Africa and the human factor


The demographic revolution super-charging incomes, which helped transform China and is currently coursing through India, is coming to Africa. From the boom in African film, music, art and literature, all feted internationally alongside its thriving network of tech companies, the continent already has the soft power to underpin such a demographic dividend.

But it is the lack of hard economic power – electricity generators, roads and ports, the backbone of an industrial revolution – that is holding back the project, even threatening to derail it. Heady talk of African lions challenging Asian tigers has dissipated among international financial institutions and even those consultancy companies whose market share is tied to a confected optimism.

Instead, there are more sombre voices warning that current policies are failing. Media reports reflect the anger and frustration of the youth in so many countries. The loudest alarms are on jobs and education. Africa’s national economies have grown by 40% on average over the past decade but with no real improvement in sustainable economic opportunities.


The commodity windfall didn’t benefit the people. Our education system needs a revolution. We don’t need more bureaucrats. We need technical schools to adjust our system to the jobs market. If you want to build roads and power grids, who’s going to do this? It’s hard to see that many governments – apart from Ethiopia, Morocco and Rwanda, perhaps joined by Nigeria and South Africa due to their economic weight – will coordinate the pol­icies needed for such leaps in modernisation and industrialisation to create the needed jobs.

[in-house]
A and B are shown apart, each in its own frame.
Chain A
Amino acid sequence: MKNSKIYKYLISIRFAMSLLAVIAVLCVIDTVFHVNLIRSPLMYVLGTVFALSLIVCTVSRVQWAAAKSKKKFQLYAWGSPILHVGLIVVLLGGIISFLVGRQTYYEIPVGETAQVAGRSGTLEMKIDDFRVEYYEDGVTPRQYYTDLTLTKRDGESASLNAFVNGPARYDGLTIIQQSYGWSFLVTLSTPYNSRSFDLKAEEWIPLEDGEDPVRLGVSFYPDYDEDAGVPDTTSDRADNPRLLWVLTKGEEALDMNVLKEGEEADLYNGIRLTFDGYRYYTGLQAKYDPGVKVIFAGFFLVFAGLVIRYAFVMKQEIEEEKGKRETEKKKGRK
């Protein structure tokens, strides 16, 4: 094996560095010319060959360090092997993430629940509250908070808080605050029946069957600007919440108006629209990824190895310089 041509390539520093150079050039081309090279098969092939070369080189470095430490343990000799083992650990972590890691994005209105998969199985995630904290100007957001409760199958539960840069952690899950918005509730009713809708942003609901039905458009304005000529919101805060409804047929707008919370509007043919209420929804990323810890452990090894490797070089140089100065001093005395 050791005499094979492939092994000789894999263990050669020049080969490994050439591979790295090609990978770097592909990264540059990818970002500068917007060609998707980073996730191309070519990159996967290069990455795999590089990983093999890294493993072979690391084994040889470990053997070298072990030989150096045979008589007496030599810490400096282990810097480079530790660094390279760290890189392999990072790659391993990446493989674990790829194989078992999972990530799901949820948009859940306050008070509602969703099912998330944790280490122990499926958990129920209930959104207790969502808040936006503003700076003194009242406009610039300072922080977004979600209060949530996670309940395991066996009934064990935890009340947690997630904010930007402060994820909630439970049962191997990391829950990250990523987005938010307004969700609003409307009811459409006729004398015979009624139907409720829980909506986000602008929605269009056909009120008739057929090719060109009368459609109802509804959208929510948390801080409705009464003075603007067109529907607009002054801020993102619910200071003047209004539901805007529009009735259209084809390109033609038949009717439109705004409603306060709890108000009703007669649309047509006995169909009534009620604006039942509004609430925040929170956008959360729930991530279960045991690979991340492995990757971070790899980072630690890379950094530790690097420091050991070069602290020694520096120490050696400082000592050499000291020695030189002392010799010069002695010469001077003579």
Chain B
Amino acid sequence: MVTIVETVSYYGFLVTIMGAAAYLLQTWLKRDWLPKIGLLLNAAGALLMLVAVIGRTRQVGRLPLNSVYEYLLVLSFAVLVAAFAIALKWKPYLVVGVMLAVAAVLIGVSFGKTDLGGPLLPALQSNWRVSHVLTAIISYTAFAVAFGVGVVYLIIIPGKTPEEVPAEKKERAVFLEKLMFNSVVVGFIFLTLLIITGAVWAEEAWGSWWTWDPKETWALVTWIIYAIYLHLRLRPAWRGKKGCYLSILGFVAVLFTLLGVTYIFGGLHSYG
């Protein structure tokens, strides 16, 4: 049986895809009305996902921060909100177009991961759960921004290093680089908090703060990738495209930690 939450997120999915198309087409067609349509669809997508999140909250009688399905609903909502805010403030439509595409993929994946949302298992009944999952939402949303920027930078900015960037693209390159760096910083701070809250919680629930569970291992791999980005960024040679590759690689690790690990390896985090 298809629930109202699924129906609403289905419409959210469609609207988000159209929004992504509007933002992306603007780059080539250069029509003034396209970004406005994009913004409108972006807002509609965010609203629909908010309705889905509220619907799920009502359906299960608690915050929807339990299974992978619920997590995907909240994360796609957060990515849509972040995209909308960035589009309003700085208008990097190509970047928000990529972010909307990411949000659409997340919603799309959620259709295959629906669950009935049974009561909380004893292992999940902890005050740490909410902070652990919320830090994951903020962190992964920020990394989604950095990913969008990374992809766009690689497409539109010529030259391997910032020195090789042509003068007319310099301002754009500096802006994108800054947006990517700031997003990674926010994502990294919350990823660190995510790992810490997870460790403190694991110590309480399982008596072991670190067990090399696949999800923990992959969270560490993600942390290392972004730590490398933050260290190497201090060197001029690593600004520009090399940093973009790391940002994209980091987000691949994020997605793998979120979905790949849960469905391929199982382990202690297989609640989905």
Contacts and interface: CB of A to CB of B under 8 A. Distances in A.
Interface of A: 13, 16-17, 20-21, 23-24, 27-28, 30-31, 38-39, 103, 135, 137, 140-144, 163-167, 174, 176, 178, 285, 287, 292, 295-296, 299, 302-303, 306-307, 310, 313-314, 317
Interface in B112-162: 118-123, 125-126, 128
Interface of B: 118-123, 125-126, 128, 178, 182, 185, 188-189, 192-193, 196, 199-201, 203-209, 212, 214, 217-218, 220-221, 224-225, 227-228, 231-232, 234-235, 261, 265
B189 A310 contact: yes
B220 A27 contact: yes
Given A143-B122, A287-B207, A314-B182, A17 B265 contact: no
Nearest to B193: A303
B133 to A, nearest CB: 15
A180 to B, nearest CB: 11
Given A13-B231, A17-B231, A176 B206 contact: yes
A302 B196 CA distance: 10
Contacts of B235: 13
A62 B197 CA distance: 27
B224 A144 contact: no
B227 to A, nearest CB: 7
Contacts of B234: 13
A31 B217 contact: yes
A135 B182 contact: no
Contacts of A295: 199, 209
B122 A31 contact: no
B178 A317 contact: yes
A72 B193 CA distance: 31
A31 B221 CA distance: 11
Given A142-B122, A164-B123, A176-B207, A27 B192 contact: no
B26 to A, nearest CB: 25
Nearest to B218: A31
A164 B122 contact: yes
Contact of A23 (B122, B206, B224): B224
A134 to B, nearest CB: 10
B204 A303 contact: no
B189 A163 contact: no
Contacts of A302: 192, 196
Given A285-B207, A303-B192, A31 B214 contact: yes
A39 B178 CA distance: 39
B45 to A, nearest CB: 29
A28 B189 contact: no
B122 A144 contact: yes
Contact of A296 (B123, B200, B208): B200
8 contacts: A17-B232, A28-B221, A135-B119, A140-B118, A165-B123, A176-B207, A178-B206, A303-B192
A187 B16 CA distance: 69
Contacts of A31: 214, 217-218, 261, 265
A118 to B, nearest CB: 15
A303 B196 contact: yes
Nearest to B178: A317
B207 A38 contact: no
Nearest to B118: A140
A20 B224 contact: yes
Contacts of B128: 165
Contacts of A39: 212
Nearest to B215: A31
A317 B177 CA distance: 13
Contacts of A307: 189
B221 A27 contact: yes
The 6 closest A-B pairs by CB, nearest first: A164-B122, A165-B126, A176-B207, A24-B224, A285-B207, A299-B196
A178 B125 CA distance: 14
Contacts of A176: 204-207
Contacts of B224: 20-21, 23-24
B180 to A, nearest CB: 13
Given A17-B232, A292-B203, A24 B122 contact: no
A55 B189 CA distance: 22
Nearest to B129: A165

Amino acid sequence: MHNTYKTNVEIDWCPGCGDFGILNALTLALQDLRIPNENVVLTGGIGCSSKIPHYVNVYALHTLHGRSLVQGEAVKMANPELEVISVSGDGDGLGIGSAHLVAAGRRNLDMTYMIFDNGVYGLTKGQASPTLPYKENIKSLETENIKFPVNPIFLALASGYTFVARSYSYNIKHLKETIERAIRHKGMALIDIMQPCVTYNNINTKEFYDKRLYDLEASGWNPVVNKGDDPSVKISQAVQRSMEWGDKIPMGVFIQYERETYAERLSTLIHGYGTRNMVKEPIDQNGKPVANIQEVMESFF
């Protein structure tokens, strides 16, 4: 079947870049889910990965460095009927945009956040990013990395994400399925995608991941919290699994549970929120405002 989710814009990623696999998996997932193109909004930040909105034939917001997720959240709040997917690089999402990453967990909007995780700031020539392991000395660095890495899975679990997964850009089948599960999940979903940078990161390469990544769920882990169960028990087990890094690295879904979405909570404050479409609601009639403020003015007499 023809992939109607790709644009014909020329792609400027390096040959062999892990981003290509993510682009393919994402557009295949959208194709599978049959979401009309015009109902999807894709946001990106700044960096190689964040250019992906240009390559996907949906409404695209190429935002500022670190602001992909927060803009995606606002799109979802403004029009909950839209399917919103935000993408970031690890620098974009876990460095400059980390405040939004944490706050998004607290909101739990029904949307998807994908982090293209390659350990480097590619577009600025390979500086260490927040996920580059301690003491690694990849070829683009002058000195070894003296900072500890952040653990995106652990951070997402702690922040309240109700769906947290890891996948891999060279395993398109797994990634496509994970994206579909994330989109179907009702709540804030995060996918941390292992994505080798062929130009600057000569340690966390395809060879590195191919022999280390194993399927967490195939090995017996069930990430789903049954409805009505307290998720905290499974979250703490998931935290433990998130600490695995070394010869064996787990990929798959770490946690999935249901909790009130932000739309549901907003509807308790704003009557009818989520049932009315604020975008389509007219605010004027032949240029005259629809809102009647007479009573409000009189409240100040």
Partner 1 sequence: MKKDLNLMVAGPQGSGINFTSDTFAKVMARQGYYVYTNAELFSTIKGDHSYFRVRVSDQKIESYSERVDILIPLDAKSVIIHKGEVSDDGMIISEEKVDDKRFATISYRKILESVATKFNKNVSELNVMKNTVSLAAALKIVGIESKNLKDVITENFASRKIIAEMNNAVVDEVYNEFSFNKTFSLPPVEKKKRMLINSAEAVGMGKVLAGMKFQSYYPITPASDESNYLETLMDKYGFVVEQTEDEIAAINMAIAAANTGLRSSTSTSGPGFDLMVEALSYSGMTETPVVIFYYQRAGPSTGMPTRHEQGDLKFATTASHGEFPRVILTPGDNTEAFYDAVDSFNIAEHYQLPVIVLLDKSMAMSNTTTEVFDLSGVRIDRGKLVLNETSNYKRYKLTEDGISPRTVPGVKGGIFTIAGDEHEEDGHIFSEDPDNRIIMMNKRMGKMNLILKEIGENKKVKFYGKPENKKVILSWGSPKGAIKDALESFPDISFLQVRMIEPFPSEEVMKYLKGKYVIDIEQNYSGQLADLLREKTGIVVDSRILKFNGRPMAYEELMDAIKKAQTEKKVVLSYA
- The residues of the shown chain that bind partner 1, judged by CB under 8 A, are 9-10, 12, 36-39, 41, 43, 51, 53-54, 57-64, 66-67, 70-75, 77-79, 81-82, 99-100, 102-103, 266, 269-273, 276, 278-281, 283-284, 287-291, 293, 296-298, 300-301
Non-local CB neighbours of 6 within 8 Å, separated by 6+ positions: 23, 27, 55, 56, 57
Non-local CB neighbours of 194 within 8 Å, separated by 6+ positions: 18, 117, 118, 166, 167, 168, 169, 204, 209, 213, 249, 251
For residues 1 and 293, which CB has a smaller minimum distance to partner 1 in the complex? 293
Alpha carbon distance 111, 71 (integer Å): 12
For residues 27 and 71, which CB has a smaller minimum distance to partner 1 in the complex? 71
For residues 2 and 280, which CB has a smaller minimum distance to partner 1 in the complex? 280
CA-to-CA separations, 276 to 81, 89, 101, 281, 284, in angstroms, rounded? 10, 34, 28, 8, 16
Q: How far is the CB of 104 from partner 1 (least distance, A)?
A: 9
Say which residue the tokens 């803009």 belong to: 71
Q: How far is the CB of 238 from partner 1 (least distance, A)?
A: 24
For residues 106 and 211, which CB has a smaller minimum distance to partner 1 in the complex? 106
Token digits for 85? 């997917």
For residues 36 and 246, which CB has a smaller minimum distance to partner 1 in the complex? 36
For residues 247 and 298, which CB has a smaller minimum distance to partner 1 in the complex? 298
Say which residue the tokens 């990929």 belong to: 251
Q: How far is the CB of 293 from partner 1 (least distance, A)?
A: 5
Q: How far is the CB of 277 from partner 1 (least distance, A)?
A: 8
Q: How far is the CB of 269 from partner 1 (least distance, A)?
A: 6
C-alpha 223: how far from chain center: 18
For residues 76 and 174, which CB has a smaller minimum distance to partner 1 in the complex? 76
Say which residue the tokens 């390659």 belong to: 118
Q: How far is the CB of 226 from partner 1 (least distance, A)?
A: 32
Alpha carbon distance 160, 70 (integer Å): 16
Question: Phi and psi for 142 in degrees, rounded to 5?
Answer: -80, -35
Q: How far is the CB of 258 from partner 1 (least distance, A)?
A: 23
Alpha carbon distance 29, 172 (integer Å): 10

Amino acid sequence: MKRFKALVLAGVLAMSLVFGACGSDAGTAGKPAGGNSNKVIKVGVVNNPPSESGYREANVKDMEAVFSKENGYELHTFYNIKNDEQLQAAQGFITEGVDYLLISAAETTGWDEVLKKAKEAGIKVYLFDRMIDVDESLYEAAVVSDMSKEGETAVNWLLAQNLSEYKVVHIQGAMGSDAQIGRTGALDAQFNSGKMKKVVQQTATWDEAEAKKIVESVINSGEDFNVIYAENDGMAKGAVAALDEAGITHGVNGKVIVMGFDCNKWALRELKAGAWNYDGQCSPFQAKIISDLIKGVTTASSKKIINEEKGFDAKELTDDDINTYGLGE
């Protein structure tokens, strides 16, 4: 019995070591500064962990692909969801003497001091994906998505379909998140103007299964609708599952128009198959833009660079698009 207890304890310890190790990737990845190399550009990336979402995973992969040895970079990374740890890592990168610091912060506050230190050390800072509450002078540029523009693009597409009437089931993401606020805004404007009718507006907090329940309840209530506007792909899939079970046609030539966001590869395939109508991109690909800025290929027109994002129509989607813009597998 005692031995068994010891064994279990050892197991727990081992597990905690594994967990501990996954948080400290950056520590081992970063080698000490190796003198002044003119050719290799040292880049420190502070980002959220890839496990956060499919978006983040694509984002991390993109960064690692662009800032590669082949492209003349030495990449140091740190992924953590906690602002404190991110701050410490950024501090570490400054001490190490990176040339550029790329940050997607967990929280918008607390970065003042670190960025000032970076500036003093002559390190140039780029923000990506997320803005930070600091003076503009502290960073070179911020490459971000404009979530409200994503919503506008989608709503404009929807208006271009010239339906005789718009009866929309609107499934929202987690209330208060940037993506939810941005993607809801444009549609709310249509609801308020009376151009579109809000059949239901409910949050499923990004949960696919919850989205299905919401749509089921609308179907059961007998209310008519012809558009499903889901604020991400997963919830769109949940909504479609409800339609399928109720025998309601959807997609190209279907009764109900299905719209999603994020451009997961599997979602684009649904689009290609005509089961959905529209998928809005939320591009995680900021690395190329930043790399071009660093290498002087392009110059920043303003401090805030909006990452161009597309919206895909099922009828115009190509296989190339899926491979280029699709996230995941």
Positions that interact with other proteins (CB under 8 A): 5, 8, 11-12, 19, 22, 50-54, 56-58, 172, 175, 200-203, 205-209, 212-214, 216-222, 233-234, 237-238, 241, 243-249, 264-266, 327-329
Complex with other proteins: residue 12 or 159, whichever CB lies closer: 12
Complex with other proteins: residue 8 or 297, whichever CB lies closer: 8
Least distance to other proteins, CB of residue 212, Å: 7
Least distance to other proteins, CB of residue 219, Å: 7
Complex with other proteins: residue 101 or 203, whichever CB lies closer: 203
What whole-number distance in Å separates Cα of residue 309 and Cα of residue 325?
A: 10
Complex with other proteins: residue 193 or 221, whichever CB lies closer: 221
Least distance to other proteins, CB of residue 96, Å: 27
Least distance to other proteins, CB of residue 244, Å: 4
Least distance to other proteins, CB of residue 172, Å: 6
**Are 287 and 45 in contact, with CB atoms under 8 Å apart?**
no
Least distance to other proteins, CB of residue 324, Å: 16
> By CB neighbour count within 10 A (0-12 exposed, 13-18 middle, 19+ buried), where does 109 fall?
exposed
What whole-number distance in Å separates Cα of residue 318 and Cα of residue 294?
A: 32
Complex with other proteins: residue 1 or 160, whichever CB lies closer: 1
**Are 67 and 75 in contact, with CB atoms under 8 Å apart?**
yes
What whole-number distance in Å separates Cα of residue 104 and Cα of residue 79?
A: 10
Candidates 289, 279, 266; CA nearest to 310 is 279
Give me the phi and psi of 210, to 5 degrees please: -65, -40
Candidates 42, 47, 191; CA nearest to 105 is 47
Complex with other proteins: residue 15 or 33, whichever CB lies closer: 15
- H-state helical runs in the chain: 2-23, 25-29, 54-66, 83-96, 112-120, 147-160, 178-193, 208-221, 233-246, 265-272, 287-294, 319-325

Off the agenda of the World Bank and International Monetary Fund in the wake of the structural adjustment-era, indus­trial policy is back in Africa. Again, the reas­on is people. A new report from South Africa’s Institute for Security Studies argues that as 60% of Africa’s imports are manufactured goods, local companies should have the scale and skills to serve the market and beat competition.

Although ICT’s contribution to African economies works out at less than 5% of gross domestic product on average, the report says, its rapid expansion could allow pupils from cities to the most remote areas to access world-class learning materials.

It is difficult to overstate the ambition needed. Such a shift to local hubs of nimble manufacturing ­operations amounts to an econ­omic, even a political, rev­olution. Yet a failure to push for change would be far riskier.